Despite all these concerns regarding proper statistical treatment of data, a methodology has been developed based on time-temperature parameters that are now in widespread use. The approach may be used to achieve the following major design objectives:

  • It allows the representation of creep rupture (or creep) data in a compact form, allowing interpolation of results that are not experimentally determined.
  • It provides a simple basis for comparison and ranking of different alloys.
  • Extrapolation to time ranges beyond those normally reached is straightforward.

Damage Accumulation and Life Prediction

Engineering procedures for life management of operating components assume that the material is progressively degraded or damaged as creep strain increases and operating time accumulates.

Damage may be in the form of precipitate changes that may result in softening (overaging) and reduced creep strength, or embrittlement and reduced resistance to fracture. The embrittlement may be due to segregation of harmful species, either from the interior or from the external environment, to interfaces, especially grain boundaries. Damage may also occur as a result of progressive intergranular cavitation and cracking, as previously described. Some of this damage may be reversed by suitable heat treatment or by hot isostatic pressing and may allow the possibility of component rejuvenation.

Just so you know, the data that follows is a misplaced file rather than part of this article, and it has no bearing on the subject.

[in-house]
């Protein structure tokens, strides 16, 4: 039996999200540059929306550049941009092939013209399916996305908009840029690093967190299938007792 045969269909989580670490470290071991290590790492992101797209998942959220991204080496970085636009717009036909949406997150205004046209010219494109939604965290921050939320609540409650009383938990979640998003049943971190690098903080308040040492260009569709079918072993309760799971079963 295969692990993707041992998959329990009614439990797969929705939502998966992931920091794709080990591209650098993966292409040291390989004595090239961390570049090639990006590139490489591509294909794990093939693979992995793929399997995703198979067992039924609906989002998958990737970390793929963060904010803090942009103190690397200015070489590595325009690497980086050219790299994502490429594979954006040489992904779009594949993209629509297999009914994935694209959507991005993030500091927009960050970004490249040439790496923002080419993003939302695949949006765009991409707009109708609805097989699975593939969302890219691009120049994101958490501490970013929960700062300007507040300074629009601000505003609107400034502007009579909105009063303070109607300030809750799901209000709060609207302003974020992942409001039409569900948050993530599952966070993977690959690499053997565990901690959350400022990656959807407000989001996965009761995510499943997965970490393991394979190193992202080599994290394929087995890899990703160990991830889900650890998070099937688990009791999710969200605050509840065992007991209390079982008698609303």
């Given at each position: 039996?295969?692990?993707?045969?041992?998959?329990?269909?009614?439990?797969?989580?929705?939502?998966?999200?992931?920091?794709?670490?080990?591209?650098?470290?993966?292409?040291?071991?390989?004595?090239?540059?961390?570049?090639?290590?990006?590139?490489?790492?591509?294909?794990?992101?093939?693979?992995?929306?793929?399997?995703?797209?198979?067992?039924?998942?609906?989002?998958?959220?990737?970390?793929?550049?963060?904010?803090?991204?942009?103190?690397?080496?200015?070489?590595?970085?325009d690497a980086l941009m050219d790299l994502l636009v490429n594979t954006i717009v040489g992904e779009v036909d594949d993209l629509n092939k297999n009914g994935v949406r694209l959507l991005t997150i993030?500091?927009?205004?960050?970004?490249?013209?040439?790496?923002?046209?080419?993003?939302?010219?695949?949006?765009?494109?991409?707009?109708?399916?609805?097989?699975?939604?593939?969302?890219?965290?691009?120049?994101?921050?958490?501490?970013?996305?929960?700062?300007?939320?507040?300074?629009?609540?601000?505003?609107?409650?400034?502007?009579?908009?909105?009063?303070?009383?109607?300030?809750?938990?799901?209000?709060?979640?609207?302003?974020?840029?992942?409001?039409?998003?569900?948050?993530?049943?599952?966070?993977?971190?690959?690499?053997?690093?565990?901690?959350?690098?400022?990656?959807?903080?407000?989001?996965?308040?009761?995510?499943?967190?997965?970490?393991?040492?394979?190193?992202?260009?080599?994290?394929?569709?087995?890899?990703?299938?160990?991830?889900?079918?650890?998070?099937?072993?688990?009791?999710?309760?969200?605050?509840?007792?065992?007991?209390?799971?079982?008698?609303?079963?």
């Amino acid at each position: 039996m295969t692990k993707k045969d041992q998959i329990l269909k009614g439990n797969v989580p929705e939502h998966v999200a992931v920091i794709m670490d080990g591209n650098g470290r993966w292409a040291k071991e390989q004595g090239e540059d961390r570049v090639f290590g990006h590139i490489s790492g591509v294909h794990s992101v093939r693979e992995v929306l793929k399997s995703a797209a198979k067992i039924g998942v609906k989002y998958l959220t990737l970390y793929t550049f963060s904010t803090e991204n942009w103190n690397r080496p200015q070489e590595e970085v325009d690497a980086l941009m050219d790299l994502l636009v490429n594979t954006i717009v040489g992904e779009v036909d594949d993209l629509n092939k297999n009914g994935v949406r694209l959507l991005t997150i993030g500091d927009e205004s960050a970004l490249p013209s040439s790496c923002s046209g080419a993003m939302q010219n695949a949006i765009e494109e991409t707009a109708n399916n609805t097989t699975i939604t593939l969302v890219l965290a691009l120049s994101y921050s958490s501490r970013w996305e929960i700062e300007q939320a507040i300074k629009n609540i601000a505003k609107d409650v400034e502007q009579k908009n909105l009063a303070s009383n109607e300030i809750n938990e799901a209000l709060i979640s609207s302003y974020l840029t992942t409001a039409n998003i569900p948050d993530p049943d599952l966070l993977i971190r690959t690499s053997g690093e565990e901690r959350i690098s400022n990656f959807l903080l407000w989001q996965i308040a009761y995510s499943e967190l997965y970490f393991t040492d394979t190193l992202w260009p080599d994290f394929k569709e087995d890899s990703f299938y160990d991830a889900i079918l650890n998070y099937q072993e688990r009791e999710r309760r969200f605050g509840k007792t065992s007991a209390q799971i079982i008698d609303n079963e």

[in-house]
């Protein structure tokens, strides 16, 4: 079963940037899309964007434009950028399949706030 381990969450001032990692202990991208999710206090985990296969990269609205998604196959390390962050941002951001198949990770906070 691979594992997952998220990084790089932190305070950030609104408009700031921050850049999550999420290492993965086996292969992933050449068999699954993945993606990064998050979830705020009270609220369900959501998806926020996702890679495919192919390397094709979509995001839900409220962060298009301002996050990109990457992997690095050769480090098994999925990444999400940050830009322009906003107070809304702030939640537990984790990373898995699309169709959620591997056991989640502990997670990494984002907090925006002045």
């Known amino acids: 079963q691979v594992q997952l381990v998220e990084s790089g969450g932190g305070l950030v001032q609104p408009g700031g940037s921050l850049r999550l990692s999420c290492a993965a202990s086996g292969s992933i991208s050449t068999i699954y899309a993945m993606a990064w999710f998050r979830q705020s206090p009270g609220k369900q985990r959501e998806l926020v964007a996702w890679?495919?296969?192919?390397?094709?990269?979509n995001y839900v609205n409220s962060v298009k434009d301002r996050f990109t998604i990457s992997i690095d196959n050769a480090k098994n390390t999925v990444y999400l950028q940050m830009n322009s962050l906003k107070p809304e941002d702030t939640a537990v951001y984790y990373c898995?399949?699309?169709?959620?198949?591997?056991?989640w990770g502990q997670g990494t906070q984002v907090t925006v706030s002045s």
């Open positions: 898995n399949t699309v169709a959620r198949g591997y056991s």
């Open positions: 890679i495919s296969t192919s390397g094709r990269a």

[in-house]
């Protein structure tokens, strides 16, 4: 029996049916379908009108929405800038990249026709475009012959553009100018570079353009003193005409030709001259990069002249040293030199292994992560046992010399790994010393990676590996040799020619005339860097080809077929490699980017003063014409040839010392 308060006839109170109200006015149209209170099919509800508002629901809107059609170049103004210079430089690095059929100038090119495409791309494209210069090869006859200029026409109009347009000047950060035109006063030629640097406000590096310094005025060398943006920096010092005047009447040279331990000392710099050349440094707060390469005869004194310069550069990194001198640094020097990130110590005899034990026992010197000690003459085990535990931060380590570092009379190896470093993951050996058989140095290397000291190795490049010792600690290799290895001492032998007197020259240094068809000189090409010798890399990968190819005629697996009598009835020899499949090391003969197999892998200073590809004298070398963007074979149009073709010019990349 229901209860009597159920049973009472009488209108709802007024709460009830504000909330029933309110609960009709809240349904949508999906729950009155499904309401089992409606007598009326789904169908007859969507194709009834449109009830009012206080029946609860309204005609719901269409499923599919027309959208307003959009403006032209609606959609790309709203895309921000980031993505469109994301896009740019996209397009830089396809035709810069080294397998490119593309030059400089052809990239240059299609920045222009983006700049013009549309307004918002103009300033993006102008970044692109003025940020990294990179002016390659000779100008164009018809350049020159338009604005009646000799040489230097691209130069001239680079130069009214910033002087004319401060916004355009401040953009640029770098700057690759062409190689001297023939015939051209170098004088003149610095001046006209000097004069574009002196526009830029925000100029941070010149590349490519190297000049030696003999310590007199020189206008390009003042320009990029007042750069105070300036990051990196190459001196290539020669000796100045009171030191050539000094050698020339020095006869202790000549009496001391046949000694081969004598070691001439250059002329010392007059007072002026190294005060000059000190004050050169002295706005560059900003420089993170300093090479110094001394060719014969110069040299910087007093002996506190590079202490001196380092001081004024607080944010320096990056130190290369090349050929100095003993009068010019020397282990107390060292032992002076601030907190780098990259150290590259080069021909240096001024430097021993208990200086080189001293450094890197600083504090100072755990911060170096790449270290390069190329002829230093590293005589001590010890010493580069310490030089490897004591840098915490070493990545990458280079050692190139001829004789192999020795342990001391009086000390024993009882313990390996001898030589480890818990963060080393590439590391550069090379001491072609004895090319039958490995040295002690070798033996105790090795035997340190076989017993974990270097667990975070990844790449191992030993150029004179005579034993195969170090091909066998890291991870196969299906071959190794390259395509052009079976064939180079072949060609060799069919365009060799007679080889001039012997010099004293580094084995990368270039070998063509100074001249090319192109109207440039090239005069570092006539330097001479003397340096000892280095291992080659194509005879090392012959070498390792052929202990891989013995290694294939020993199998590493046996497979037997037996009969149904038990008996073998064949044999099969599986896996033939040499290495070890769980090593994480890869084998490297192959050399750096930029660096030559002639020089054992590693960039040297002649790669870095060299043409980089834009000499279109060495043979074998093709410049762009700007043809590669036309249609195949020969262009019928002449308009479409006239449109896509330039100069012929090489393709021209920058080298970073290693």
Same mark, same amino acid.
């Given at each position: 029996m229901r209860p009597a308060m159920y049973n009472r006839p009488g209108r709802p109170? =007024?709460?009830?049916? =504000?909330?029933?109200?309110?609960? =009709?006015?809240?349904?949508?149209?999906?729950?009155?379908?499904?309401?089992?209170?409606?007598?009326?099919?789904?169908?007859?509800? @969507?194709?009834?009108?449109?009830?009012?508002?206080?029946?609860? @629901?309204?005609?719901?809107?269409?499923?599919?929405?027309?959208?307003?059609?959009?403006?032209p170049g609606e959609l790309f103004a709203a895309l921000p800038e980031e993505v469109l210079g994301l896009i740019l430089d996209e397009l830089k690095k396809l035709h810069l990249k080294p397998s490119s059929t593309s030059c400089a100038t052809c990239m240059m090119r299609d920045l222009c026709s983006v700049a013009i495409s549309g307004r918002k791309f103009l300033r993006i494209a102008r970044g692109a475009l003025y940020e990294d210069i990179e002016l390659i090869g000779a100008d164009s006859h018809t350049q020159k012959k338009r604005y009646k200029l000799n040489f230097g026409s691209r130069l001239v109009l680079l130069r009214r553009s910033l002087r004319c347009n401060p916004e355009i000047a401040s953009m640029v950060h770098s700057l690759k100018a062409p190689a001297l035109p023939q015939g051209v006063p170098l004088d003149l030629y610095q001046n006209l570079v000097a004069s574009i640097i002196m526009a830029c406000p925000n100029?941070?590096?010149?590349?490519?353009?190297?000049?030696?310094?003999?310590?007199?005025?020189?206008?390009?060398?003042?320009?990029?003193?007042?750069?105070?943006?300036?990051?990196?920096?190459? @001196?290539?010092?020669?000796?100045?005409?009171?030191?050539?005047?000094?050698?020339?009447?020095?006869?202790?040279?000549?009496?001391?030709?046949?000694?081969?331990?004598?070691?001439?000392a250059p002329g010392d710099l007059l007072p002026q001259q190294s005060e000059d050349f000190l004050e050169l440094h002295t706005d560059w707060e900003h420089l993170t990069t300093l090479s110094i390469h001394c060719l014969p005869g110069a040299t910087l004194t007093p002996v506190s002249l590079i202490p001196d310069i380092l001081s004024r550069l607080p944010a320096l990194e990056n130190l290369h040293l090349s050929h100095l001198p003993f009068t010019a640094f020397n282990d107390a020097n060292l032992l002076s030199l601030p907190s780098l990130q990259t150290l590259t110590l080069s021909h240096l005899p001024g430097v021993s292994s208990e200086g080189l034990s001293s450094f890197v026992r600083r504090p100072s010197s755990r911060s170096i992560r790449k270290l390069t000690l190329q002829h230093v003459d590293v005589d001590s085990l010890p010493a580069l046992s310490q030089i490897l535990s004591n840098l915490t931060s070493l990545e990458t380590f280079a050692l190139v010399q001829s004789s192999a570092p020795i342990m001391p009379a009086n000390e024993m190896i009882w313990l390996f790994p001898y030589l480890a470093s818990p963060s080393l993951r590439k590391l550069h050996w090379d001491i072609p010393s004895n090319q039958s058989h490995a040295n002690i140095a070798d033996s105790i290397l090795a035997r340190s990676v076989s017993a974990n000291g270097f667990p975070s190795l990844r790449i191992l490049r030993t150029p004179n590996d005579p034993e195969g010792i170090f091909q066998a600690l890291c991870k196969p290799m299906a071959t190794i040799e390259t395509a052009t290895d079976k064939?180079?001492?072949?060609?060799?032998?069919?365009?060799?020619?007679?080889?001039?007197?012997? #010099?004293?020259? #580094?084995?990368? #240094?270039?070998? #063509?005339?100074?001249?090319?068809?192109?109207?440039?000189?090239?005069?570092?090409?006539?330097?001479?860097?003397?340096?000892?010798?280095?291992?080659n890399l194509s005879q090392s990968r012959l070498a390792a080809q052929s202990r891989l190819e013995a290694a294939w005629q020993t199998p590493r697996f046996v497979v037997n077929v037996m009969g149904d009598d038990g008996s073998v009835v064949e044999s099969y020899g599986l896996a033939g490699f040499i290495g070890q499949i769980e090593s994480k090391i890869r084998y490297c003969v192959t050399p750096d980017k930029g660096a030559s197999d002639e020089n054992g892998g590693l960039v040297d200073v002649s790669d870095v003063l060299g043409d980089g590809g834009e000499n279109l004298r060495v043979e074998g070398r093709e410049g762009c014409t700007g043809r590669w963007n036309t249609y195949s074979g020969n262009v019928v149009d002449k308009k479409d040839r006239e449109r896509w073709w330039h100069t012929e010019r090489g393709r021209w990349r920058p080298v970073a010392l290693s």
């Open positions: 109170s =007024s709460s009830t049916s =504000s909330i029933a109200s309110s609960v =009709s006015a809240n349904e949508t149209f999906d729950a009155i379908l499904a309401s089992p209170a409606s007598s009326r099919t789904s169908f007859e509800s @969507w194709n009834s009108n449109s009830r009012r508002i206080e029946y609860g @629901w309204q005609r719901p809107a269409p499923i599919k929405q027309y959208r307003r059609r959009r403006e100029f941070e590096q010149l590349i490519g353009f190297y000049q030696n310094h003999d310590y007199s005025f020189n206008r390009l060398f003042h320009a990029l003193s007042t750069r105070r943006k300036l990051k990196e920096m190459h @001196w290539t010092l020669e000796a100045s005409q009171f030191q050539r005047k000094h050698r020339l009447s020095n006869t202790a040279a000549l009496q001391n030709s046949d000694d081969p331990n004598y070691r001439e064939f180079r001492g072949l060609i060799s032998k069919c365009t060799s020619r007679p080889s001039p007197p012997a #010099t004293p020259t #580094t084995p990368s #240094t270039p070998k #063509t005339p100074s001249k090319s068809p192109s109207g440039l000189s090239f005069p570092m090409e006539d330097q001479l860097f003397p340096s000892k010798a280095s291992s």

There are two basic approaches to using the concept of damage accumulation for life assessment:

  • Based on a detailed knowledge of the operating conditions, including temperature and stress changes, the remaining life is estimated from the known original properties of the material of construction.
  • Remaining life estimates are made using post-exposure measurements of microstructural changes, intergranular cavitation, or mechanical properties such as hardness, impact energy, or stress-rupture life.


Time-dependent deformation and fracture of structural materials are among the most challenging engineering problems faced by materials engineers. The critical role played by high-temperature energy-conversion machines in modern society attests to the remarkable success of the design methodology developed during last decades.

However, modern design needs, including accelerated evaluation and development of advanced materials, and improved remaining life assessment methods for operating equipment have identified some ways in which the methodology might be improved. It is desirable to decouple the creep strength and fracture resistance criteria. This could lead to new accelerated short-time testing in which the objective is not to attempt to incorporate microstructural evolution and damage-development in the test, as in the traditional long-time creep-to-rupture test. Rather, the accelerated test may be used to measure separately the consequences of these changes on creep strength and fracture resistance.

The generally neglected anelastic or time-dependent recoverable component of creep may be the dominant strain component in many service situations at low stresses and needs to be incorporated in design analysis. This is true for ceramics and metals as well as polymers. It may also provide, in some cases, a critical link between deformation and fracture.


August, 2004